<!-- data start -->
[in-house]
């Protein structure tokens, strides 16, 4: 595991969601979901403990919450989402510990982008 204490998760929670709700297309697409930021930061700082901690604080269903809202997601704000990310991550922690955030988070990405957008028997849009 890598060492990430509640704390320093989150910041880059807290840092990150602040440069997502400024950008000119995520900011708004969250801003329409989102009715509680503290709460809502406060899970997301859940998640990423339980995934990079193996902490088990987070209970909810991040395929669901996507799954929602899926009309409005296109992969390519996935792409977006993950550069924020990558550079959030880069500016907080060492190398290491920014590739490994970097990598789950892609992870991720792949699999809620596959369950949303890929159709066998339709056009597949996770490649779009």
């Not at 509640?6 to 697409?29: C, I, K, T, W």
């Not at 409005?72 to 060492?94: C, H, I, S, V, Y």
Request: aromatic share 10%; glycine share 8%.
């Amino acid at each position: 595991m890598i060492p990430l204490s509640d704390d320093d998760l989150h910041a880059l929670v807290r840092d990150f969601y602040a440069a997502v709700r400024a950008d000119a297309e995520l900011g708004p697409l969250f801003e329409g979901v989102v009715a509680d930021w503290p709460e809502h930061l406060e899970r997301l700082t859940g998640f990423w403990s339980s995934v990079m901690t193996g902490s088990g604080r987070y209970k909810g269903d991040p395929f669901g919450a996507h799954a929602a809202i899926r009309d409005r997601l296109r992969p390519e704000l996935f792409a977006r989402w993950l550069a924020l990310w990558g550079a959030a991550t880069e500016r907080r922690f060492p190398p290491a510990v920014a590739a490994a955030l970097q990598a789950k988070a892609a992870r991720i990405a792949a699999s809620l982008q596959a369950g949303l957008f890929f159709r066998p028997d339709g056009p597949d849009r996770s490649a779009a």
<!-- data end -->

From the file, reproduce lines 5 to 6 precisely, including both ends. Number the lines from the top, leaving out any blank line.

Request: aromatic share 10%; glycine share 8%.
């Amino acid at each position: 595991m890598i060492p990430l204490s509640d704390d320093d998760l989150h910041a880059l929670v807290r840092d990150f969601y602040a440069a997502v709700r400024a950008d000119a297309e995520l900011g708004p697409l969250f801003e329409g979901v989102v009715a509680d930021w503290p709460e809502h930061l406060e899970r997301l700082t859940g998640f990423w403990s339980s995934v990079m901690t193996g902490s088990g604080r987070y209970k909810g269903d991040p395929f669901g919450a996507h799954a929602a809202i899926r009309d409005r997601l296109r992969p390519e704000l996935f792409a977006r989402w993950l550069a924020l990310w990558g550079a959030a991550t880069e500016r907080r922690f060492p190398p290491a510990v920014a590739a490994a955030l970097q990598a789950k988070a892609a992870r991720i990405a792949a699999s809620l982008q596959a369950g949303l957008f890929f159709r066998p028997d339709g056009p597949d849009r996770s490649a779009a």